certainty equivalent

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Certainty equivalent

An amount that would be accepted today (risk free) in lieu of a chance to receive a possibly higher, but uncertain, amount.

Certainty Equivalent

A small, zero-risk return an investor may trade for a larger potential return with an associated risk. Companies offer certainty equivalent returns on certain investments and use their demand to determine the level of risk an investor will accept for a given return from the company.

certainty equivalent

The minimum sum of money a person would accept to forgo the opportunity to participate in an event for which the outcome, and therefore his or her receipt of a reward, is uncertain. For example, suppose you are told to draw one card from a full deck of cards. If you draw a red card you win $100 and if you draw a black card you win nothing. If you would accept $40 to forgo the selection and possibility of winning, $40 is the certainty equivalent of the outcome of the event. Certainty equivalents are used in evaluating risk.

certainty equivalent

see DECISION TREE.
References in periodicals archive ?
He expounded the first axiomatic bases of the expected utility hypothesis based on moral propositions where full belief is represented by a probability of 1, the opposite probability being 0, and equal belief in the two is represented by the probability of .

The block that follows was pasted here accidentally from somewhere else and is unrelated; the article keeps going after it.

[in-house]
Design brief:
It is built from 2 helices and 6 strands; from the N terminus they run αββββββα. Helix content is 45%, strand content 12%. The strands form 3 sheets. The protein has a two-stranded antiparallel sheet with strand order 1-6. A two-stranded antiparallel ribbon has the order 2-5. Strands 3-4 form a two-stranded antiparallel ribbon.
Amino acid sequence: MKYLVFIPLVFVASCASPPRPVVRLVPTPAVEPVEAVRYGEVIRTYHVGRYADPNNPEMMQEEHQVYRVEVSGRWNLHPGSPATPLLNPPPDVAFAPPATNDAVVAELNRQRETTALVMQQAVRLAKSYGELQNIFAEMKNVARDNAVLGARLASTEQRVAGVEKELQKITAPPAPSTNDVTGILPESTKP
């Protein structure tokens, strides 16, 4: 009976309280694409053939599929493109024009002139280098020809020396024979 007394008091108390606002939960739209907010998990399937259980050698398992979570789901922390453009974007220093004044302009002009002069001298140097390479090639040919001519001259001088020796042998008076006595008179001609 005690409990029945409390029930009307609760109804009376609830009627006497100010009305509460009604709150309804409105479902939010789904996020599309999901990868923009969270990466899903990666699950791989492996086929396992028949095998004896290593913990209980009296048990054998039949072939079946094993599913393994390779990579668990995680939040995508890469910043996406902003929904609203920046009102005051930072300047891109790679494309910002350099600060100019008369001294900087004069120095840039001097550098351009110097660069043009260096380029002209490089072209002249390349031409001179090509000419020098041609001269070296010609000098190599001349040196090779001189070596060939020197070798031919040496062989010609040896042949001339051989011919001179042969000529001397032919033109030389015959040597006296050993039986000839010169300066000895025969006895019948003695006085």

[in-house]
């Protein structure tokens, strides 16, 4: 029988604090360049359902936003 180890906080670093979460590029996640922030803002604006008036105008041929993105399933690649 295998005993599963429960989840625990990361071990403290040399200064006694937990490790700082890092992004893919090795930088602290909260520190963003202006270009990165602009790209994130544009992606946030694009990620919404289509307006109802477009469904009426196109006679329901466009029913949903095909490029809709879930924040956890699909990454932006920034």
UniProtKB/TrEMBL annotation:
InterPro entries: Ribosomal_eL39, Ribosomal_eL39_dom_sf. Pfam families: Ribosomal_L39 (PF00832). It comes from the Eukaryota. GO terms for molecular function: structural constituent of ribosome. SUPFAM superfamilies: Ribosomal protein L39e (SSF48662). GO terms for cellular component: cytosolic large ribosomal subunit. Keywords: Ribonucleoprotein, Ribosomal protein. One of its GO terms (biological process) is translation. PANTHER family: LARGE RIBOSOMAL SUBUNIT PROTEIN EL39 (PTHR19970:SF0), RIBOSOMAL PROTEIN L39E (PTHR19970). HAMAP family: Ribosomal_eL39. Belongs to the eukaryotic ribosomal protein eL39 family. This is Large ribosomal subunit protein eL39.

Experiments revealed other causes of violation of the expected utility hypothesis beside the common effect cited above.
It involves the construction of two types of indifference curves, one for the expected utility hypothesis and one for the mathematical expectation hypothesis, and to show that the latter is steeper than the former.
We environmental economists should begin to reassess our marriage to the probabilistic structure of the expected utility hypothesis.
For completeness, note that the expected utility hypothesis and linearity in probabilities are two equivalent terms as von Neumann and Morgenstern showed that preferences can be represented by a linear function (in the probabilities) only if complete ordering, continuity, and the independence axiom hold.
The expected utility hypothesis is an important and testable criterion that administrators should satisfy.